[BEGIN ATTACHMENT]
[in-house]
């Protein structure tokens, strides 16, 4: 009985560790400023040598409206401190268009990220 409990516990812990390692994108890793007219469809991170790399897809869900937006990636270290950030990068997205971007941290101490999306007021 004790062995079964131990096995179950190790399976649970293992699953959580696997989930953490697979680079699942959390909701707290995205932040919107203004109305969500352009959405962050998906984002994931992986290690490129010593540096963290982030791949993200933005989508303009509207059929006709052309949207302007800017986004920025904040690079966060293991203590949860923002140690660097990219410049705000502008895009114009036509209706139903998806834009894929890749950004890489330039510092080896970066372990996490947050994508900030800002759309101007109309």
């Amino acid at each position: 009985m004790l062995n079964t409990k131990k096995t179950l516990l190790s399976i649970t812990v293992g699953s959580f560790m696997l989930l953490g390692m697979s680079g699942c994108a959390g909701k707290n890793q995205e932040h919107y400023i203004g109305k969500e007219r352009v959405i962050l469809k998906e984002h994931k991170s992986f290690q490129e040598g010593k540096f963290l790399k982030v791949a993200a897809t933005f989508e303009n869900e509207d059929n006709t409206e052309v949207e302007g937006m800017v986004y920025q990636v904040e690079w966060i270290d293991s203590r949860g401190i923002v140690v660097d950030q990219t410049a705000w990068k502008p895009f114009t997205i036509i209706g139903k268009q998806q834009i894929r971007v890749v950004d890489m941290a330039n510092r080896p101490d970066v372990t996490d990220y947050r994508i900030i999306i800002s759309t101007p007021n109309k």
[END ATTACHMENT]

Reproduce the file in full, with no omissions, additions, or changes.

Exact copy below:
[in-house]
């Protein structure tokens, strides 16, 4: 009985560790400023040598409206401190268009990220 409990516990812990390692994108890793007219469809991170790399897809869900937006990636270290950030990068997205971007941290101490999306007021 004790062995079964131990096995179950190790399976649970293992699953959580696997989930953490697979680079699942959390909701707290995205932040919107203004109305969500352009959405962050998906984002994931992986290690490129010593540096963290982030791949993200933005989508303009509207059929006709052309949207302007800017986004920025904040690079966060293991203590949860923002140690660097990219410049705000502008895009114009036509209706139903998806834009894929890749950004890489330039510092080896970066372990996490947050994508900030800002759309101007109309």
């Amino acid at each position: 009985m004790l062995n079964t409990k131990k096995t179950l516990l190790s399976i649970t812990v293992g699953s959580f560790m696997l989930l953490g390692m697979s680079g699942c994108a959390g909701k707290n890793q995205e932040h919107y400023i203004g109305k969500e007219r352009v959405i962050l469809k998906e984002h994931k991170s992986f290690q490129e040598g010593k540096f963290l790399k982030v791949a993200a897809t933005f989508e303009n869900e509207d059929n006709t409206e052309v949207e302007g937006m800017v986004y920025q990636v904040e690079w966060i270290d293991s203590r949860g401190i923002v140690v660097d950030q990219t410049a705000w990068k502008p895009f114009t997205i036509i209706g139903k268009q998806q834009i894929r971007v890749v950004d890489m941290a330039n510092r080896p101490d970066v372990t996490d990220y947050r994508i900030i999306i800002s759309t101007p007021n109309k």